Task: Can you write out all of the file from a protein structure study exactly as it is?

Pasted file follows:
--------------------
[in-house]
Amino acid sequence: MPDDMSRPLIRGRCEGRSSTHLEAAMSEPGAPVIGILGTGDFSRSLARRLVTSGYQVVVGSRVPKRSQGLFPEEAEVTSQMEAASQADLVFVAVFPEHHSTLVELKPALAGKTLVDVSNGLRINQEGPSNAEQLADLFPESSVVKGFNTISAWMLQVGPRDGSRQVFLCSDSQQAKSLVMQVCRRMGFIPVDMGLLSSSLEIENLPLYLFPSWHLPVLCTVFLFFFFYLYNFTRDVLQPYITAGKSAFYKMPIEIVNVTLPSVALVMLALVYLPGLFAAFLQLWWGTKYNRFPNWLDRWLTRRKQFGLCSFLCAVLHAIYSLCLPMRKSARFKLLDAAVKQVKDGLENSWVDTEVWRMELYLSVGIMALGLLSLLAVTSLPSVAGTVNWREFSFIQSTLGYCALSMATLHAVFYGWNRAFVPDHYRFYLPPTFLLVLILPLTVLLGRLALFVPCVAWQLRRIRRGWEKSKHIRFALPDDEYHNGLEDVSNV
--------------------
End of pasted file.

[in-house]
Amino acid sequence: MPDDMSRPLIRGRCEGRSSTHLEAAMSEPGAPVIGILGTGDFSRSLARRLVTSGYQVVVGSRVPKRSQGLFPEEAEVTSQMEAASQADLVFVAVFPEHHSTLVELKPALAGKTLVDVSNGLRINQEGPSNAEQLADLFPESSVVKGFNTISAWMLQVGPRDGSRQVFLCSDSQQAKSLVMQVCRRMGFIPVDMGLLSSSLEIENLPLYLFPSWHLPVLCTVFLFFFFYLYNFTRDVLQPYITAGKSAFYKMPIEIVNVTLPSVALVMLALVYLPGLFAAFLQLWWGTKYNRFPNWLDRWLTRRKQFGLCSFLCAVLHAIYSLCLPMRKSARFKLLDAAVKQVKDGLENSWVDTEVWRMELYLSVGIMALGLLSLLAVTSLPSVAGTVNWREFSFIQSTLGYCALSMATLHAVFYGWNRAFVPDHYRFYLPPTFLLVLILPLTVLLGRLALFVPCVAWQLRRIRRGWEKSKHIRFALPDDEYHNGLEDVSNV